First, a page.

Cindy Baxter writes:

The UK Sunday Times has apologised over a major part of the so-called “climategate’ scandal – "Amazongate".   

In February this year, the Sunday Times ran a story alleging that the IPCC was making stuff up about the effects of climate change on the Amazon.  

The story was picked up across the world, appearing in print, on blogs and on television.  The allegation was that the IPCC used a bad reference for its predictions around the Amazon, one taken from a WWF report.   The reference WAS missing from the report, but the science was correct.  

"In fact, the IPCC's Amazon statement is supported by peer-reviewed scientific evidence," says the Sunday Times apology.  

In fact, the Sunday Times had the reference to the peer-reviewed scientific literature a full eight hours before going to print. It had also talked with the author of that scientific literature, but that didn't appear in the story either.

When the Sunday Times talked with climate scientist and rainforest specialist Dr Simon Lewis, they completely disregarded his comments, misquoted him, and read him a version of the story that bore no resemblance to the story that appeared in the paper.

"A version of our article that had been checked with Dr Lewis underwent significant late editing and so did not give a fair or accurate account of his views on these points. We apologise for this," said the Sunday Times.

The authors of the report, and Dr Lewis then complained to the UK's Press Complaints Commission, complaints which have led to this full apology and retraction four months later.

This is yet another nail in the "climategate" coffin.  It's yet another part of the "scandal" around the IPCC that has turned out not to be a scandal at all. So the question remains:  Will all the media who ran the "Amazongate" story also run retractions?  Will it be taken off websites?  Will, for example, The Australian, which ran the story, word for word, as a syndicated piece, also run an apology and take the story off its website? (Update: it appears they did remove the story but we couldn't find a retraction.) This story was the basis of editorials, blogs and general diatribes against the IPCC around the world.  

The hype around Amazongate was enormous. It travelled across the world.  

But much of the media never likes to admit it's wrong – and the climate denial bloggers pushing the climategate hype have never let the truth get in the way of their story -  so my guess is that they won't be jumping to correct themselves. So if you know of any blogs or newspapers that ran the story, I encourage you to write a letter, call them up, post a comment to get them to take it down and run a story about the Sunday Times' apology.  They owe it to the public.  And to the climate.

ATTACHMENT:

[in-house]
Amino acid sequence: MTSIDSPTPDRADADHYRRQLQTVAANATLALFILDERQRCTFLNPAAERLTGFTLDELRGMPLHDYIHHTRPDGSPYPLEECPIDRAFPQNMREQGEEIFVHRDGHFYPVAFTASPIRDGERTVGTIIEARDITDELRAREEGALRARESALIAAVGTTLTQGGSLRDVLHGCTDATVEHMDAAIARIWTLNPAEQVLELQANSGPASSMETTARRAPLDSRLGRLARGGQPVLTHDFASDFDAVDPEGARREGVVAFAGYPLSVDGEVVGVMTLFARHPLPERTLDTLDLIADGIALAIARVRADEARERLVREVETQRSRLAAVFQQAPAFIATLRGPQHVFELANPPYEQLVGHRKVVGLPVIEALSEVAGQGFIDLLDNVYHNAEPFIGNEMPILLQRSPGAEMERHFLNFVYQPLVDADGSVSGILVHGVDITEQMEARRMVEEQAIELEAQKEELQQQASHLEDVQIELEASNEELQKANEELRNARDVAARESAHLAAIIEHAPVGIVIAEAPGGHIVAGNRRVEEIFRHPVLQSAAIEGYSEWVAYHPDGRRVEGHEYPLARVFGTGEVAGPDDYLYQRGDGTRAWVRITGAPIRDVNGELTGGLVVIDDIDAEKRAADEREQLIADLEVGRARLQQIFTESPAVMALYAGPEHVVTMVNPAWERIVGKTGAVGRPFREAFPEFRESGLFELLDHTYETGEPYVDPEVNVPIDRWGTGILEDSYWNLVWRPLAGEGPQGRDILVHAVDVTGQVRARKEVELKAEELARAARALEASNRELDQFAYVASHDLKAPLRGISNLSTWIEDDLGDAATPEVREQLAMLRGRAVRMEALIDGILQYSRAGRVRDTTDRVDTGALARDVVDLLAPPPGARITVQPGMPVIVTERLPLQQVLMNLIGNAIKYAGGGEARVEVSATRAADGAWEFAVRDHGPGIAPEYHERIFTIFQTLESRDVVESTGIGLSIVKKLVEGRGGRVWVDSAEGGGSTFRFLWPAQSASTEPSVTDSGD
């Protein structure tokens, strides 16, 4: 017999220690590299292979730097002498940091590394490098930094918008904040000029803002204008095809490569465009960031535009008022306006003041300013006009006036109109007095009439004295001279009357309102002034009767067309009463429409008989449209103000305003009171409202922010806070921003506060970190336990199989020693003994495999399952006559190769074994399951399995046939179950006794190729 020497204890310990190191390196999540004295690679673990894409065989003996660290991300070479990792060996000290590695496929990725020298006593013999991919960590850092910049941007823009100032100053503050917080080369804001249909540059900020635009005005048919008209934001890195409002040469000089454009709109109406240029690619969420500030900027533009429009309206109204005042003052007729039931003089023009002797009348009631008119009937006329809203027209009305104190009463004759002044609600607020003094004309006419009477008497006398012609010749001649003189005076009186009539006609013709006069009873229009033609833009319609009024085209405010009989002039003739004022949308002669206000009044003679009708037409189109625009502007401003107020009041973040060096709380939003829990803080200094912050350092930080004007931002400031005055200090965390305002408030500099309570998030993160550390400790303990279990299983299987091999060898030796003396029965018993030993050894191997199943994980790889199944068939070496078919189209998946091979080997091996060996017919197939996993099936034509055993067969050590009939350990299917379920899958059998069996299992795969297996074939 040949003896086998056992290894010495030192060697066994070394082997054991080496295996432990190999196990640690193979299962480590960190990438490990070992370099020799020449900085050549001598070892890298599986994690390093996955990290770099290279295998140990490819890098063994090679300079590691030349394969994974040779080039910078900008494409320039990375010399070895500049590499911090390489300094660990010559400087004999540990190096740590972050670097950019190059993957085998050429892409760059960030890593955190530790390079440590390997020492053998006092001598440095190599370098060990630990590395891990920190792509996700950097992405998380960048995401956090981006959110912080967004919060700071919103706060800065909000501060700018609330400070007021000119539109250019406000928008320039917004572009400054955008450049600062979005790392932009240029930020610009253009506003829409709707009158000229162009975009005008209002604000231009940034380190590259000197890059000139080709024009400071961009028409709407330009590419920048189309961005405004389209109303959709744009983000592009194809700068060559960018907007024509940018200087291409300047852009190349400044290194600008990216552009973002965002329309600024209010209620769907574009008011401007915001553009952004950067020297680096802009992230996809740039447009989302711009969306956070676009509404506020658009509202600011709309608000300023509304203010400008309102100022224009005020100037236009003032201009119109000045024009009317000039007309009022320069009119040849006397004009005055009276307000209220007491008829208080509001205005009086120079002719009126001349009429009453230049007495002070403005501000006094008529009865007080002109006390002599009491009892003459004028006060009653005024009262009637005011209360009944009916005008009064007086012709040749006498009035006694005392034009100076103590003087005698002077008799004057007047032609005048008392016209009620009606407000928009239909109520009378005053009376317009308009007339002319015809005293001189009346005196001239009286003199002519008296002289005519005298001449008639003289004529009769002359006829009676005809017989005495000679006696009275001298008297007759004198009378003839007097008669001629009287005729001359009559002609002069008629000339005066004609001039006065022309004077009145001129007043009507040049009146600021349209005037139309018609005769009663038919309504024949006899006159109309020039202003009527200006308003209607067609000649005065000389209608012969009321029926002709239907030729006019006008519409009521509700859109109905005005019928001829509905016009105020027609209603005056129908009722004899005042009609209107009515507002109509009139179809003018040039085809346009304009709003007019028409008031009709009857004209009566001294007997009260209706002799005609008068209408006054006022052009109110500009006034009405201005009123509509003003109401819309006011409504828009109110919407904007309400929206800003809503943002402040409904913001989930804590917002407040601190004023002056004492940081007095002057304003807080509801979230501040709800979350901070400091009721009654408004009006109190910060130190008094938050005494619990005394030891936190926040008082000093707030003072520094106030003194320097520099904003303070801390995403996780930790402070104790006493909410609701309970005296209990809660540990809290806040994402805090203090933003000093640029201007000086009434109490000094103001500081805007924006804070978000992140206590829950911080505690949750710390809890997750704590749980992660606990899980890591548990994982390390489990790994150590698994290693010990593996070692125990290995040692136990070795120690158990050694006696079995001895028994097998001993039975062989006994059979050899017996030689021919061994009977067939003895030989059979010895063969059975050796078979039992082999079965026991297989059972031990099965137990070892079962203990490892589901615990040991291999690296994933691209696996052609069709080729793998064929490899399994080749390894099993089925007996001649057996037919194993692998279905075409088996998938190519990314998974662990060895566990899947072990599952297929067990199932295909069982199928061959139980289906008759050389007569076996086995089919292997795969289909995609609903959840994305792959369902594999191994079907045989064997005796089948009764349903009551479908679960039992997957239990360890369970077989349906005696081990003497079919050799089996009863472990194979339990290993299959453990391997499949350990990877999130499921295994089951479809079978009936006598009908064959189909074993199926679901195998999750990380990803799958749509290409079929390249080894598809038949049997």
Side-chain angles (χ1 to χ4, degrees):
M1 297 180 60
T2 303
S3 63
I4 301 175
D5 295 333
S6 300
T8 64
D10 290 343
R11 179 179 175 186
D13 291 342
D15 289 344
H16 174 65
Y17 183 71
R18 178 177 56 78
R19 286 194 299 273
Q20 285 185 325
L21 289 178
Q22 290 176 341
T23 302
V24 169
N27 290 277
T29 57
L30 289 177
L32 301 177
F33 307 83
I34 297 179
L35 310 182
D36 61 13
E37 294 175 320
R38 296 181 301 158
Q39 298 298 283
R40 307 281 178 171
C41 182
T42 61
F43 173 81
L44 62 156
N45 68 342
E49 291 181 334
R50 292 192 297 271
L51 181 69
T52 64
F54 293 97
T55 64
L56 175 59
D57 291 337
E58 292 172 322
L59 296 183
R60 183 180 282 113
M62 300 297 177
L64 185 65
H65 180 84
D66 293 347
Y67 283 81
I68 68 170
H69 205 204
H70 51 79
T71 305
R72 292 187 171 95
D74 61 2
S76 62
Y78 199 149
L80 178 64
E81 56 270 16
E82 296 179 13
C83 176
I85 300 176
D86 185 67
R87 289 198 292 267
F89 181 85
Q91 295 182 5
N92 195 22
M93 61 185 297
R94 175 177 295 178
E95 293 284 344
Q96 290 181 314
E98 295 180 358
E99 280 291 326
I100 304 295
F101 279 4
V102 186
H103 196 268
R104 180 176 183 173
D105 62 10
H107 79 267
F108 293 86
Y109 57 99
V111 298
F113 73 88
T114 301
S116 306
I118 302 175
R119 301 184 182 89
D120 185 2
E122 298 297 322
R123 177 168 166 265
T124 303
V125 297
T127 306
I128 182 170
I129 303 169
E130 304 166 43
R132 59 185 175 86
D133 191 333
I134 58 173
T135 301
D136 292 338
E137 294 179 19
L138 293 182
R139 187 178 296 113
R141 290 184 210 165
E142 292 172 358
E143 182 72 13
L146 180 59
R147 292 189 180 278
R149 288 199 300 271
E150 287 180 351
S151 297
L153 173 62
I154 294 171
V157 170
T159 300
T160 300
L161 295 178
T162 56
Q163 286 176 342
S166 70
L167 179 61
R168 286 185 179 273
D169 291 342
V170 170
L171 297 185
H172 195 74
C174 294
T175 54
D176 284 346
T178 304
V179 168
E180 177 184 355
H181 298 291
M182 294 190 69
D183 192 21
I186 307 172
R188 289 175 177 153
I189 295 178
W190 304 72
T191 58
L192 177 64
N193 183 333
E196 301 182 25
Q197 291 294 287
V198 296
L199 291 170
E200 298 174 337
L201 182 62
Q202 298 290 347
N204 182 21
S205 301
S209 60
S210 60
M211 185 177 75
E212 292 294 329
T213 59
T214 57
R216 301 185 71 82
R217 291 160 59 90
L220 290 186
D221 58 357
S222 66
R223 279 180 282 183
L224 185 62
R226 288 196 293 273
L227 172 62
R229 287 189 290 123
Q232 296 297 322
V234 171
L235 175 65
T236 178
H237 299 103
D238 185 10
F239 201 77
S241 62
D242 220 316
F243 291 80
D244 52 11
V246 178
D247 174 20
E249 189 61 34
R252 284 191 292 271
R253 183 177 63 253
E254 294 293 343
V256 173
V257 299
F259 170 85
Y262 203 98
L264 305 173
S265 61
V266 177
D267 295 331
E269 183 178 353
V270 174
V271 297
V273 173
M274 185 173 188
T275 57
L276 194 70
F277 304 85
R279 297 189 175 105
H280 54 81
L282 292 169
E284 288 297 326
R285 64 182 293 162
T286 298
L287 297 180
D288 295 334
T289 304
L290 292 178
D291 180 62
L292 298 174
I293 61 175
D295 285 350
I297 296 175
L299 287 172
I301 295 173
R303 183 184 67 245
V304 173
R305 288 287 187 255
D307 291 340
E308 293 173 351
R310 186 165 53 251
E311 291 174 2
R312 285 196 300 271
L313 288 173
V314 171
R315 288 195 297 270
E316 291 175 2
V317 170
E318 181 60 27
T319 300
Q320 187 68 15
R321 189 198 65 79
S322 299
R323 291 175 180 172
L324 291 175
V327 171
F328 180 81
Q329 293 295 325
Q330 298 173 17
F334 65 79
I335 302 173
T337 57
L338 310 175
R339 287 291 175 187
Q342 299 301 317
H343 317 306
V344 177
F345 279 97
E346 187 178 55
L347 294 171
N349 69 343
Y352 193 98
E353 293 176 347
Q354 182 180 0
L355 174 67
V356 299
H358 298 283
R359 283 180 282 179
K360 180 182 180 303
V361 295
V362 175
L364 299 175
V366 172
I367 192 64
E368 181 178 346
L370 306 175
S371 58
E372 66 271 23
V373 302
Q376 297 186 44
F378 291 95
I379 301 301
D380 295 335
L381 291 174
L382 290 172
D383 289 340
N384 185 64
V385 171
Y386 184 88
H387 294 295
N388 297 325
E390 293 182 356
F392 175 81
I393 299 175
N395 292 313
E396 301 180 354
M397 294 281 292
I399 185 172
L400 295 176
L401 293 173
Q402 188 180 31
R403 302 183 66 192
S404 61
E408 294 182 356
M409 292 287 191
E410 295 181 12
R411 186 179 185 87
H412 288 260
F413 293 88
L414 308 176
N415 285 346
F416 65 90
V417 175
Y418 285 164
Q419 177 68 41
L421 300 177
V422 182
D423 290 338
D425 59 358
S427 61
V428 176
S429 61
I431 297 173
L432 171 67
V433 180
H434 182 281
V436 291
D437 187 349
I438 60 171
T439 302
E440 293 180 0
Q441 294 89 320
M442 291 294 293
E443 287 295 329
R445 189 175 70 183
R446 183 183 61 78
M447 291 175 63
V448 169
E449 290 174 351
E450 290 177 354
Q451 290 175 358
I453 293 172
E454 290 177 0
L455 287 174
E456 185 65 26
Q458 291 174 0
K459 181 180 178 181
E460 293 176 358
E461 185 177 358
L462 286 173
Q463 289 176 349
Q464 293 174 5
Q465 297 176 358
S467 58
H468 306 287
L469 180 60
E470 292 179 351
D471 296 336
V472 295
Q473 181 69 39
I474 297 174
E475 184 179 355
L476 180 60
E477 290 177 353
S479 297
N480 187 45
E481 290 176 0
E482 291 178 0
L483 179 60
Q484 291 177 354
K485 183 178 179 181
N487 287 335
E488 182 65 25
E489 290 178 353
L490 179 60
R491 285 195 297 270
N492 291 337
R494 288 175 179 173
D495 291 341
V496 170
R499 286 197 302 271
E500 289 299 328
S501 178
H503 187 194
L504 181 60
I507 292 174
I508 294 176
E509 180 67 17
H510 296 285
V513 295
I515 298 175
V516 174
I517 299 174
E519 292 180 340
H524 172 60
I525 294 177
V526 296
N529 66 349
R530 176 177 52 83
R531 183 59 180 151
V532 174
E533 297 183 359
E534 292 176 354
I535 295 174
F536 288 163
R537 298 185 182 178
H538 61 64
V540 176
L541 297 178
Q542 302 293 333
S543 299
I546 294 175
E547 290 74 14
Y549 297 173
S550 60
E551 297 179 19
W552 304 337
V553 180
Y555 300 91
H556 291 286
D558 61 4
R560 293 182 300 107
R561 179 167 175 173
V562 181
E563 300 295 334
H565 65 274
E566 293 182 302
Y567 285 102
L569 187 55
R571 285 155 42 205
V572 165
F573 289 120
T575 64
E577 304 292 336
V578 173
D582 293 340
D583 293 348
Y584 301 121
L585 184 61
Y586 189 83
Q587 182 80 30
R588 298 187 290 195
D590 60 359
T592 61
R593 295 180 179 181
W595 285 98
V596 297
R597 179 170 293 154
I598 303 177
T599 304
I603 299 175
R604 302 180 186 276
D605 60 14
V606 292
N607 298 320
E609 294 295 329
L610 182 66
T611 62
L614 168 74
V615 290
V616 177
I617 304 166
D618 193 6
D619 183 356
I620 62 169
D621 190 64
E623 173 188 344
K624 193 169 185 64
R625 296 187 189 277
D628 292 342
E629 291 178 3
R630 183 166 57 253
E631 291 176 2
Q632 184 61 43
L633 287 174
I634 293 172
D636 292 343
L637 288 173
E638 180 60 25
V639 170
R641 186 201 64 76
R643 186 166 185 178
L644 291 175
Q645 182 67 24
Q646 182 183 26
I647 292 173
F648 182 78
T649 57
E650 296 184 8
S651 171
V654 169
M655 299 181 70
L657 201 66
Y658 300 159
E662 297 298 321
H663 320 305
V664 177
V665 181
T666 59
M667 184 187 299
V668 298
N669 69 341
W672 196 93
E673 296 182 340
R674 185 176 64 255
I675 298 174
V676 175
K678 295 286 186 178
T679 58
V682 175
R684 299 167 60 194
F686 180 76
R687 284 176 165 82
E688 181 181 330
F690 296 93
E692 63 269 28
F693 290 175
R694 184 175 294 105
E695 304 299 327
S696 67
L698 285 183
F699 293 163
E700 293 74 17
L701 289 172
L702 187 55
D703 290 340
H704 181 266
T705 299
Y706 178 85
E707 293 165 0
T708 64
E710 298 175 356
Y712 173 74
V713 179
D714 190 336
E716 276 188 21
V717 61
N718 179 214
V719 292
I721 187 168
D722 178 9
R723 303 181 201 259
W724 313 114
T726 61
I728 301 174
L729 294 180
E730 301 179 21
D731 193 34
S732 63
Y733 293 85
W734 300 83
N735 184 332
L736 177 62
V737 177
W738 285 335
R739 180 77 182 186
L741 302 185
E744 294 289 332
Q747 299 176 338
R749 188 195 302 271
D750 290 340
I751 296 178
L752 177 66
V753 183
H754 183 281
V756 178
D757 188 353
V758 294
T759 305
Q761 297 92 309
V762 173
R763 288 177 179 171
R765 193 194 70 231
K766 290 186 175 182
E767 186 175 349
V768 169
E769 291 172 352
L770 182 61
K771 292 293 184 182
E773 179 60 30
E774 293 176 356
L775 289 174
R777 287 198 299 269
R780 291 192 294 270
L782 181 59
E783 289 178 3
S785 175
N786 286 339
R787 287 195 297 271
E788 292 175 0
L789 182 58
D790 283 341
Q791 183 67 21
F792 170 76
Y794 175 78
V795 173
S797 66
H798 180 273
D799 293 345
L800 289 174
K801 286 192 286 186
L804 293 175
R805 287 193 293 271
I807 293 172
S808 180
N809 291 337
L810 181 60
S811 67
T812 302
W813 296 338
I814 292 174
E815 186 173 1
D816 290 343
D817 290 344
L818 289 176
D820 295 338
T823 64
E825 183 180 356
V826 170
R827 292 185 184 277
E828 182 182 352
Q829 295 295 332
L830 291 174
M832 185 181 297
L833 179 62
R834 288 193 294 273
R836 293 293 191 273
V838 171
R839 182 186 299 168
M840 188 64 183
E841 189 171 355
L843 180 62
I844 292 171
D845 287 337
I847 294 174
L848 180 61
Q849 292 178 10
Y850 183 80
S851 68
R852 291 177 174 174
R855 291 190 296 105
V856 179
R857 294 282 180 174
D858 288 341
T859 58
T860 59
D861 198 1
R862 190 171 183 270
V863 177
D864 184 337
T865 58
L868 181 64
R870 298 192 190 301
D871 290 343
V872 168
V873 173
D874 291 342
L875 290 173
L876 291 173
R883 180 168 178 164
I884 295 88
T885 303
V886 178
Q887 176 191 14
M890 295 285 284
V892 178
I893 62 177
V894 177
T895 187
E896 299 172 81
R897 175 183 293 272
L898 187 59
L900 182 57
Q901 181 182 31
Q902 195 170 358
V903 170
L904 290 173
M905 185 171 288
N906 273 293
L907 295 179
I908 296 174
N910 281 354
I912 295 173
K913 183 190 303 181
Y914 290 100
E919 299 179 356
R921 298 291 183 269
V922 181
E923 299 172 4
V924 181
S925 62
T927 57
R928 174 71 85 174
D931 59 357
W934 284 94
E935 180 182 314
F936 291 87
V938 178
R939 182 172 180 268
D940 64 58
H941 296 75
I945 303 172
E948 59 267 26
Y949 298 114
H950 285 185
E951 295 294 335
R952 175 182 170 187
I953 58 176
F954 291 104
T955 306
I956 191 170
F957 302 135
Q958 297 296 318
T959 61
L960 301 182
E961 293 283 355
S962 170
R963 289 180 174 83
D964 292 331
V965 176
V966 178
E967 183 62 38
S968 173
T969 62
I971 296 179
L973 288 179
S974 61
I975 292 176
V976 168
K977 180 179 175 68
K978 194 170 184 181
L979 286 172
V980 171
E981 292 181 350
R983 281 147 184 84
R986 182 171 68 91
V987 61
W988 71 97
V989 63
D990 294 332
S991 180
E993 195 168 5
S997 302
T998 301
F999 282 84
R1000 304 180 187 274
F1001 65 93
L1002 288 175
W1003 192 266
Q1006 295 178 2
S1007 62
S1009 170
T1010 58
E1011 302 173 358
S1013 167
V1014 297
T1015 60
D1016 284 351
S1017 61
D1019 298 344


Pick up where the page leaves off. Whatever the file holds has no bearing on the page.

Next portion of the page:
(As you need to register at the Sunday Times site to read the retraction, we reproduce it here for your convenience)

The Sunday Times full retraction: The Sunday Times and the IPCC: Correction

The article "UN climate panel shamed by bogus rainforest claim" (News, Jan 31) stated that the 2007 Intergovernmental Panel on Climate Change (IPCC) report had included an "unsubstantiated claim" that up to 40% of the Amazon rainforest could be sensitive to future changes in rainfall. The IPCC had referenced the claim to a report prepared for WWF by Andrew Rowell and Peter Moore, whom the article described as "green campaigners" with "little scientific expertise." The article also stated that the authors' research had been based on a scientific paper that dealt with the impact of human activity rather than climate change.

In fact, the IPCC's Amazon statement is supported by peer-reviewed scientific evidence. In the case of the WWF report, the figure had, in error, not been referenced, but was based on research by the respected Amazon Environmental Research Institute (IPAM) which did relate to the impact of climate change. We also understand and accept that Mr Rowell is an experienced environmental journalist and that Dr Moore is an expert in forest management, and apologise for any suggestion to the contrary.

The article also quoted criticism of the IPCC's use of the WWF report by Dr Simon Lewis, a Royal Society research fellow at the University of Leeds and leading specialist in tropical forest ecology. We accept that, in his quoted remarks, Dr Lewis was making the general point that both the IPCC and WWF should have cited the appropriate peer-reviewed scientific research literature. As he made clear to us at the time, including by sending us some of the research literature, Dr Lewis does not dispute the scientific basis for both the IPCC and the WWF reports' statements on the potential vulnerability of the Amazon rainforest to droughts caused by climate change.

In addition, the article stated that Dr Lewis' concern at the IPCC's use of reports by environmental campaign groups related to the prospect of those reports being biased in their conclusions. We accept that Dr Lewis holds no such view – rather, he was concerned that the use of non-peer-reviewed sources risks creating the perception of bias and unnecessary controversy, which is unhelpful in advancing the public's understanding of the science of climate change. A version of our article that had been checked with Dr Lewis underwent significant late editing and so did not give a fair or accurate account of his views on these points. We apologise for this.

The original article to which this correction refers has been removed